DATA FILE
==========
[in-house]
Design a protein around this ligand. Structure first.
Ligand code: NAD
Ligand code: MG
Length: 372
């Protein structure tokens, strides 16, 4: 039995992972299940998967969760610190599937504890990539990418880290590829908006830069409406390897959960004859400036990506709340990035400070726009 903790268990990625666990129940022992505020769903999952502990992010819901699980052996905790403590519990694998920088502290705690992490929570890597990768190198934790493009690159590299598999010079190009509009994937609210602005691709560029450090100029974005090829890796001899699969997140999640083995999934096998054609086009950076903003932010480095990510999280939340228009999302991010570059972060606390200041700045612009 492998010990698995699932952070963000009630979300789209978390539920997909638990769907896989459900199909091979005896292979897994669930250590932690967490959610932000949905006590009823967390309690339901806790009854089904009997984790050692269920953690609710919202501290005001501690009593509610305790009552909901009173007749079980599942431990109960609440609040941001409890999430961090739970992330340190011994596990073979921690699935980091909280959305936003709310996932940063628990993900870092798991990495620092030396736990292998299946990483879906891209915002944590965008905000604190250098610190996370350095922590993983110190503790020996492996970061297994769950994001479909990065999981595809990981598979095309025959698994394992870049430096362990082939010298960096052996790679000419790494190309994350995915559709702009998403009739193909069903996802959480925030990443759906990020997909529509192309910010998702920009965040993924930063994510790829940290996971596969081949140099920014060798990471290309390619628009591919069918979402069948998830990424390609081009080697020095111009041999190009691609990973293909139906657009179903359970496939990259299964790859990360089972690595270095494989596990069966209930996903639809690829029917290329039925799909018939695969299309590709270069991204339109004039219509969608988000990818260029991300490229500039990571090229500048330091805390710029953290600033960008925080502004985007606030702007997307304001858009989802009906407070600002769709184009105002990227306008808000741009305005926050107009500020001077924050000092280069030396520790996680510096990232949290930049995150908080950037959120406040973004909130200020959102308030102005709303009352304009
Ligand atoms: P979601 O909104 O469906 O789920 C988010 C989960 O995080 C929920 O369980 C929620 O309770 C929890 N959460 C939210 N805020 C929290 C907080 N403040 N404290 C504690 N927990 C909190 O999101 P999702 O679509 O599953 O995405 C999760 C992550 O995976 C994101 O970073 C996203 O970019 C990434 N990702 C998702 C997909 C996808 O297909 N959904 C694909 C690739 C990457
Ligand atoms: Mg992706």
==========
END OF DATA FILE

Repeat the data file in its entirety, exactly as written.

[in-house]
Design a protein around this ligand. Structure first.
Ligand code: NAD
Ligand code: MG
Length: 372
């Protein structure tokens, strides 16, 4: 039995992972299940998967969760610190599937504890990539990418880290590829908006830069409406390897959960004859400036990506709340990035400070726009 903790268990990625666990129940022992505020769903999952502990992010819901699980052996905790403590519990694998920088502290705690992490929570890597990768190198934790493009690159590299598999010079190009509009994937609210602005691709560029450090100029974005090829890796001899699969997140999640083995999934096998054609086009950076903003932010480095990510999280939340228009999302991010570059972060606390200041700045612009 492998010990698995699932952070963000009630979300789209978390539920997909638990769907896989459900199909091979005896292979897994669930250590932690967490959610932000949905006590009823967390309690339901806790009854089904009997984790050692269920953690609710919202501290005001501690009593509610305790009552909901009173007749079980599942431990109960609440609040941001409890999430961090739970992330340190011994596990073979921690699935980091909280959305936003709310996932940063628990993900870092798991990495620092030396736990292998299946990483879906891209915002944590965008905000604190250098610190996370350095922590993983110190503790020996492996970061297994769950994001479909990065999981595809990981598979095309025959698994394992870049430096362990082939010298960096052996790679000419790494190309994350995915559709702009998403009739193909069903996802959480925030990443759906990020997909529509192309910010998702920009965040993924930063994510790829940290996971596969081949140099920014060798990471290309390619628009591919069918979402069948998830990424390609081009080697020095111009041999190009691609990973293909139906657009179903359970496939990259299964790859990360089972690595270095494989596990069966209930996903639809690829029917290329039925799909018939695969299309590709270069991204339109004039219509969608988000990818260029991300490229500039990571090229500048330091805390710029953290600033960008925080502004985007606030702007997307304001858009989802009906407070600002769709184009105002990227306008808000741009305005926050107009500020001077924050000092280069030396520790996680510096990232949290930049995150908080950037959120406040973004909130200020959102308030102005709303009352304009
Ligand atoms: P979601 O909104 O469906 O789920 C988010 C989960 O995080 C929920 O369980 C929620 O309770 C929890 N959460 C939210 N805020 C929290 C907080 N403040 N404290 C504690 N927990 C909190 O999101 P999702 O679509 O599953 O995405 C999760 C992550 O995976 C994101 O970073 C996203 O970019 C990434 N990702 C998702 C997909 C996808 O297909 N959904 C694909 C690739 C990457
Ligand atoms: Mg992706």